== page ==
See our latest Factsheets for horse owners…

As dedicated equine vets in Devon we have a duty of care to ensure the best possible treatment goes to our patients and their owners. To help us to help you we like to share our wisdom when we are visiting a yard or consulting with clients. Here you’ll find some further helpful information to help you care for your horses. We hope you find these Factsheets useful, and remember we’re always on hand to provide support and advice.

What to do if you have an equine emergency with your horse. Our Devon County Equine Vets provide their advice on what to do.

There has recently been a number of cases of Atypical Myopathy (AM) diagnosed in the UK and subsequently a lot of information in the press and online. As a result of several people asking questions, we feel our clients would probably appreciate a summary of the latest research and information regarding this disease.

Sweet Itch is an allergic skin condition to the saliva of biting midges.

Strangles is common. There are more than 600 recorded outbreaks in the UK every year on average, and probably many more that go unrecorded. Any horse is at risk of contracting strangles, but owners can significantly reduce that risk by being aware and proactive.

Gastroscopy is the only accurate was to diagnose EGUS. This is done under standing sedation at your own yard using our portable video system.

Kissing spines is likely to cause pain and discomfort for your horse and occurs when the spinous processes of the vertebrae touch or rub together.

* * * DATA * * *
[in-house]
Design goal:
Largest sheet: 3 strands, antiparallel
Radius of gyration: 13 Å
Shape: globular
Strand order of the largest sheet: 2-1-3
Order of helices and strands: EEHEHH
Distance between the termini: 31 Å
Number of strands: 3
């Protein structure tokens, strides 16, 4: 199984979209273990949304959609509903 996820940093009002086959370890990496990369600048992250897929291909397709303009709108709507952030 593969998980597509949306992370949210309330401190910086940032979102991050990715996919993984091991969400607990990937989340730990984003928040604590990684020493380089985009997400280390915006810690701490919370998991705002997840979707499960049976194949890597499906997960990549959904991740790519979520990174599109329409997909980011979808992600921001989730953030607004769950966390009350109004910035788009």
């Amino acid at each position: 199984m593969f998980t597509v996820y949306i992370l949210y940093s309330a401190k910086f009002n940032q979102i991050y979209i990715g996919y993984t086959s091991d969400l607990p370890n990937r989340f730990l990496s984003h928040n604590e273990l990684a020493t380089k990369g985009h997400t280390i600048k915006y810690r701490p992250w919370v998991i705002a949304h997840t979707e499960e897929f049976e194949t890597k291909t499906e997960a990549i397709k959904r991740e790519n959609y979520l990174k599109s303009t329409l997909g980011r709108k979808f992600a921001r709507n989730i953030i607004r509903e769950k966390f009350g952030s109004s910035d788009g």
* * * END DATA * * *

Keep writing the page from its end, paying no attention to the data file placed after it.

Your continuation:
Foal Heat Diarrhoea is the name given for the short periods of diarrhoea often seen in foals aged 5 to 14 days old who are otherwise fit and healthy. It is seen in 80-95% of normal foals, with no breed pre-disposition.

A Lame horse will usually show signs of the condition such as a limp and obvious bobbing of the head. This is a common veterinary problem in sport horses, racehorses and leisure horses, but this does not make it any less emotional. Quick diagnosis is vital.

Read the various Guidelines regarding Equine Flu here. If you’d like any advice about equine flu from our Devon County Equine Vets please get in touch.

Castrating (or ‘cutting’) your colt or stallion can be a daunting prospect, but is usually the best decision for the horse to enable him to live with other horses with less risk of fighting and injury or covering mares.

Read about horse worming and horse wormers from our Devon County Equine Vets.

The two most important equine herpes viruses are EHV-1 and EHV-4. These viruses usually cause respiratory disease, but can cause neurological disease and abortion. EHV-1 is much more commonly associated with neurological disease and abortion than EHV-4.

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